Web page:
Misbehavioural finance

Are investors their own worst enemy?

Working man

Behavioural finance is the study of why rational people make irrational financial and investment decisions. At The Wealth Corporation’s recent retirement seminar series, Director Peter Nieuwoudt referred to Father of Behavioural Finance, Daniel Kahnemann, and his celebrated book Thinking, Fast and Slow.

In the book, Kahnemann speaks of how a firefighter instinctively knows when to evacuate a burning building and a chess grandmaster instantly recognizes a lost position. This is because they have trained their brains to the point where slower, calculated analysis of the situation is no longer required.

Kahnemann describes the brain as having two separate operating systems. System 1 operates intuitively and quickly with little mental effort, whatKahnemann describes as “thinking fast”. System 2 requires reason, deliberation, concentration and problem solving, so-called “thinking slow”. The workings of the mind are an uneasy interaction between the two systems. While “thinking fast” can be of great advantage to the firefighter and grandmaster, System 1 can lead us to make false assumptions. 

The cost of delay

The biases of our intuition lead to errors of judgment. For example, when asked how much you would consider contributing to save an endangered species like the rhino, the real question you are likely answering is how sympathetic you feel towards the plight of the rhino at that point in time. These are two very different questions, the answers to which are based on different criteria.

This is a particular problem when it comes to saving for retirement. When you are asked how much you need to save for the future in order to realise your goals, the question you are likely answering is how much money you are willing to forgo now in order to save something towards your future.

Availability

A further two heuristics we tend to fall prey to are that of the so-called “halo effect” and availability (whereby we mistake the frequency of events for ease of recall). For example, according to one study cited in Kahnemann’s book, respondents believed that diabetes caused four times as many deaths as accidents. In fact, accidents cause 300 times the number of fatalities as diabetes. The vast discrepancy between popular perception and reality can be attributed to the high profile of diabetes in the media at present.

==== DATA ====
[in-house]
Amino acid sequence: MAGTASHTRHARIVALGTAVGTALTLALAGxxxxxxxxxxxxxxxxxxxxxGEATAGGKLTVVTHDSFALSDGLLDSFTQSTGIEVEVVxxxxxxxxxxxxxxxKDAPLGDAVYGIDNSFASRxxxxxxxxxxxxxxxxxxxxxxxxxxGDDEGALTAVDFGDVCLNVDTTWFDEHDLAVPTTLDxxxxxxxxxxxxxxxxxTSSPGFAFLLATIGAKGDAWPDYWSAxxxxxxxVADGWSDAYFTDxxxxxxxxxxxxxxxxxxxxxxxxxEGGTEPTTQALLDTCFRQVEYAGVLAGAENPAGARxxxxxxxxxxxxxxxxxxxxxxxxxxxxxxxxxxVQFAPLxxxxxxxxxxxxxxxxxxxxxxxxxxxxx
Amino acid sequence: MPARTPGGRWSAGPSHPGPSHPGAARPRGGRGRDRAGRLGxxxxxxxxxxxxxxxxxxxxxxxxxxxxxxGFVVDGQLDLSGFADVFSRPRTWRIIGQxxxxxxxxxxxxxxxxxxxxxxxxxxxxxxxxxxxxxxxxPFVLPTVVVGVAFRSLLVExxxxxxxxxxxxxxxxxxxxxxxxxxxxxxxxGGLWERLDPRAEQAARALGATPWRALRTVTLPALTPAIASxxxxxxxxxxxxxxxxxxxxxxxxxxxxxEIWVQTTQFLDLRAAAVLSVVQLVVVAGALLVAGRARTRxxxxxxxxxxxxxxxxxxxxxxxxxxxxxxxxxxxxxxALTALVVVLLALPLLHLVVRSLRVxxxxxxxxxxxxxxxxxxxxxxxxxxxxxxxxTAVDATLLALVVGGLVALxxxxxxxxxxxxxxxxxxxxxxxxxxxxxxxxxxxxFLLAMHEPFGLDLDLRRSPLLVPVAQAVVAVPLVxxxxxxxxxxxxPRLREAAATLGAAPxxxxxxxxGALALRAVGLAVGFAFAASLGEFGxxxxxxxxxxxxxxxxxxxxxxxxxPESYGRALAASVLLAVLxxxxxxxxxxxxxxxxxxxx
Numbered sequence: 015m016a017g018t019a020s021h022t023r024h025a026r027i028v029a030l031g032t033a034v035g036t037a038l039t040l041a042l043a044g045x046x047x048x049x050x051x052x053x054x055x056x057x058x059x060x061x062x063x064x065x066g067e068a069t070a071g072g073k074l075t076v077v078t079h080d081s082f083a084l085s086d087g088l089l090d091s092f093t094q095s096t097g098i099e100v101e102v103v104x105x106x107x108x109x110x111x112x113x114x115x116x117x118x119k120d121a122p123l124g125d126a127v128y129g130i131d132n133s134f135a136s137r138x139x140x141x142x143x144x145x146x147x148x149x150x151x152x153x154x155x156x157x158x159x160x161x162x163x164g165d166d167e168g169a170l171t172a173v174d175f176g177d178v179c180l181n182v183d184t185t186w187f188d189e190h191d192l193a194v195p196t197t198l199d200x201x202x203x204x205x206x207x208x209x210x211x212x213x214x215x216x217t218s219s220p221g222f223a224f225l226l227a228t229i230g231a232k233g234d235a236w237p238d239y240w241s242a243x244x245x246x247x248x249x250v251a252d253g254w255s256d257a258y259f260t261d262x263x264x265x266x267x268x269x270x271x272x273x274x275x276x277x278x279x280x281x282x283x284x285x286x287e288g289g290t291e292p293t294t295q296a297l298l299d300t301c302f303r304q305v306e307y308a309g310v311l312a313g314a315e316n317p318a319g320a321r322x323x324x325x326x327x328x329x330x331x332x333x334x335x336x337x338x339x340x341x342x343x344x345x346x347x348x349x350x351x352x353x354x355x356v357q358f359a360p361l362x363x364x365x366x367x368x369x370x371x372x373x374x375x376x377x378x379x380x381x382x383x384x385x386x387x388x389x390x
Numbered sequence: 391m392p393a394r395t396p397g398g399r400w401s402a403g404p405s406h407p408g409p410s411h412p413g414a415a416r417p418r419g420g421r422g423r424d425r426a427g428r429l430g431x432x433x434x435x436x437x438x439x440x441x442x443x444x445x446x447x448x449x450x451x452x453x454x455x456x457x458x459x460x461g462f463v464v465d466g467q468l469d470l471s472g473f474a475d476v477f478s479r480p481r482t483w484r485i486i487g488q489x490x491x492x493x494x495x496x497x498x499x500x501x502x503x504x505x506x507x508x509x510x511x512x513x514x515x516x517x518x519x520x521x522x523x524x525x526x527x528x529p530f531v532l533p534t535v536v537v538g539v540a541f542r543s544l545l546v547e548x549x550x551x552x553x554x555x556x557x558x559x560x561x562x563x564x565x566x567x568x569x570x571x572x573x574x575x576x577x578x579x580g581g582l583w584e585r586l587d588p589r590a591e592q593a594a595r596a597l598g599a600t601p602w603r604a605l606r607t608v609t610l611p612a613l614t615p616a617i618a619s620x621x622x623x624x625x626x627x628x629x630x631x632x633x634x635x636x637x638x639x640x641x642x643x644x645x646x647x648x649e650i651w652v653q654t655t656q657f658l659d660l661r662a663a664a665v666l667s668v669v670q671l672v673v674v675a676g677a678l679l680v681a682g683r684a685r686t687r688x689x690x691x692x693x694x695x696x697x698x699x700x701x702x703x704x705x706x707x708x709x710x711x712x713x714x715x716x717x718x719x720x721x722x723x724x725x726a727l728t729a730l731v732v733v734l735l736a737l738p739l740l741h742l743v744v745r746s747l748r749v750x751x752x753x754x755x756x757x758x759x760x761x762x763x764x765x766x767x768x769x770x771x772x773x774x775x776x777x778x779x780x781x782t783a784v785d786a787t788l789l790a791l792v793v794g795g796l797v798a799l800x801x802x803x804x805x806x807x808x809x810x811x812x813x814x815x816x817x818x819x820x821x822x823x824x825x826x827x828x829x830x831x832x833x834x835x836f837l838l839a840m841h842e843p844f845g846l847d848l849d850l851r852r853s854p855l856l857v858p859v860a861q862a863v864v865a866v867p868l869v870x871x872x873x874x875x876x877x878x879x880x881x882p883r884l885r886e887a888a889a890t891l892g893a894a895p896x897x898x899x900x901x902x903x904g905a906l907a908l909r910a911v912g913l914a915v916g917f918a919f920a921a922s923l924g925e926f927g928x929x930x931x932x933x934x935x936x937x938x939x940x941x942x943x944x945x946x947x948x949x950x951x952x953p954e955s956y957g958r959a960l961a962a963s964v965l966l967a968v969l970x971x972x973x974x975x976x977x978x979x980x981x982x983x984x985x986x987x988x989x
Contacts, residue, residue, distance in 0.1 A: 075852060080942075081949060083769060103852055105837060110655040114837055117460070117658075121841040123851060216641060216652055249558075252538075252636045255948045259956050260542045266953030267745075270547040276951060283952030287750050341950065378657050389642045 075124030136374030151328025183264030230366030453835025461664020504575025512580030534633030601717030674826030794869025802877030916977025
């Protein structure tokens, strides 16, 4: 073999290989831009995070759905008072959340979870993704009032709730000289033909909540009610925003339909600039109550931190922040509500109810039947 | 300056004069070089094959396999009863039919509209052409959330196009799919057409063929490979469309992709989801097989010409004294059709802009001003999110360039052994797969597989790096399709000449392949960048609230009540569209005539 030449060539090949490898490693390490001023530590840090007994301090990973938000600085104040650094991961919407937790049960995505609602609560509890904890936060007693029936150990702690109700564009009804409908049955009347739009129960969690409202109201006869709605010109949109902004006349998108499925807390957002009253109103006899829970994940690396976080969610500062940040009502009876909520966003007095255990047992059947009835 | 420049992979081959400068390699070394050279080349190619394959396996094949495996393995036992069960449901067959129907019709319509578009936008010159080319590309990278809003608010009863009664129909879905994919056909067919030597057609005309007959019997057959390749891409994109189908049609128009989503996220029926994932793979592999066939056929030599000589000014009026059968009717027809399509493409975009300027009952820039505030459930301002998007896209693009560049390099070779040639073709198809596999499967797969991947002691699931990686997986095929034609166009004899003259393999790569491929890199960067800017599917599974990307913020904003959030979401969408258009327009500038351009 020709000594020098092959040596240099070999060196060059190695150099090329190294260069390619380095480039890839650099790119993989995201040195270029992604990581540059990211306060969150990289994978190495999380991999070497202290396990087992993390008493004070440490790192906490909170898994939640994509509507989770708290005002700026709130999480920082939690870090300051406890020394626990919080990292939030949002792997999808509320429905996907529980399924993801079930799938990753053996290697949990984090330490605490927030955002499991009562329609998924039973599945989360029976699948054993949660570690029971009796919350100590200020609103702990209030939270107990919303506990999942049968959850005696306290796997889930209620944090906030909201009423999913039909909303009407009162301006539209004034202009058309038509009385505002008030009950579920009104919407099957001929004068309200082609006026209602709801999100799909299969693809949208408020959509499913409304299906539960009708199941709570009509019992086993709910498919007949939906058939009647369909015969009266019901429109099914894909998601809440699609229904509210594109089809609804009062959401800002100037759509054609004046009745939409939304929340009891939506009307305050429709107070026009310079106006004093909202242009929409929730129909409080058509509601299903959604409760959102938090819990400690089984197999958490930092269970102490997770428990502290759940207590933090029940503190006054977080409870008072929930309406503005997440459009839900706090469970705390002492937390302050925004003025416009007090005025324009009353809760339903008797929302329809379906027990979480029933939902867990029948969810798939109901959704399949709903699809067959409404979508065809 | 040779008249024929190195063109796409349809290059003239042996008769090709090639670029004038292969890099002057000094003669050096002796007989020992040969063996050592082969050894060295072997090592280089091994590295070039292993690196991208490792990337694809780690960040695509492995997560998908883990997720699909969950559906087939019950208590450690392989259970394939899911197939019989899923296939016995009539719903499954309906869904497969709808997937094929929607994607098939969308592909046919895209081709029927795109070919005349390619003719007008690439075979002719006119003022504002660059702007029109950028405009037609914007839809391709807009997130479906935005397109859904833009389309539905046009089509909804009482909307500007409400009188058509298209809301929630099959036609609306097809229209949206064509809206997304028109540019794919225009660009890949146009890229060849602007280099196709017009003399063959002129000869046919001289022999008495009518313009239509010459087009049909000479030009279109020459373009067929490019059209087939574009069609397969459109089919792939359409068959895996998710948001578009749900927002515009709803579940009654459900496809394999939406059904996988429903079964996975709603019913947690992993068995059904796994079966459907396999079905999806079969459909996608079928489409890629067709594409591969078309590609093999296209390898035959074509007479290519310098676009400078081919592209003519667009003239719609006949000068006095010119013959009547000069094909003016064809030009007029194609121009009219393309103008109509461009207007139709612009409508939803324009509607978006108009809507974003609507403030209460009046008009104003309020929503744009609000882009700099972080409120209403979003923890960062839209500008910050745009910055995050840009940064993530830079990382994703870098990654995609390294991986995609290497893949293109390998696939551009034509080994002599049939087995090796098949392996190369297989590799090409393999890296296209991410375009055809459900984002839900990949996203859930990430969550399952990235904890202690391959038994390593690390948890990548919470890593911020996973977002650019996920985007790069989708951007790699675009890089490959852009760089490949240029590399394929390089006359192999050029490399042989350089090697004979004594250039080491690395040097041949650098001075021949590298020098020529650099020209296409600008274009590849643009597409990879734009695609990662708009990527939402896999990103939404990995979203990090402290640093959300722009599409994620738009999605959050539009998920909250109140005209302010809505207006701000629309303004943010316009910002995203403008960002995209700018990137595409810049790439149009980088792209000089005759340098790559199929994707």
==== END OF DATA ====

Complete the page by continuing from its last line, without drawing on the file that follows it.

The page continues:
Turning back to behavioural finance, when it comes to investing, the heuristic of availability means people are more likely to choose to the “brand” of investment house or product they are more familiar with and incorrectly assume that its high profile must mean that it is the “best”. 

The halo effect

In the same way, the halo effect leads us to select the investment house or product that has received the most favourable results and exposure in the recent past under the false assumption that this trend will continue. What investors should be doing is choosing the investment product that best suits their time horizon and investment goals. As with the rhino question, the decision making process behind the question of which investment product to choose is not as simple and transparent as you would assume.

Hindsight is 20:20 vision

Hindsight can cause us to reconstruct our initial beliefs and falsely attribute motivation or cause and effect to something. With hindsight, many analysts were able to track the trends that led to 9/11 where none was able to predict it. In the same vein, we consider an investment manager’s good decisions a “no-brainer” and their bad decisions ones which could and should have been avoided.

Framing

You will be familiar with the phrase, “It’s not what you say but how you say it”. This is well-illustrated by the effect of framing on decision making. If you are told by a surgeon that your odds of survival post-surgery are 90% you are likely to feel far more confident than if you are told there is a 10% chance that you will die within a month. In investment terms, you will be far happier to hear that you will be able to spend 70% of your current income in retirement than if you are told you need to eliminate 30% of your current expenditure.

Conclusion

The only effective way to break the cycle of fear and greed that undermines investor returns and to avoid the errors of judgement referred to here is to follow a process. A competent financial advisor will be able to construct a financial plan around your current and future needs and goals, and act as a sounding board to help you to make well-considered financial decisions.

In essence, the study of behavioural finance teaches us that the main motivator in many financial decisions is not money, but self-regard, achievement, fear of failure and regret. We see this in how you feel greatly pained to sell your house for less than you paid for it, regardless of how great a steal you may be getting the new house you plan on buying.

Neil Viljoen, Regional Head at The Wealth Corporation

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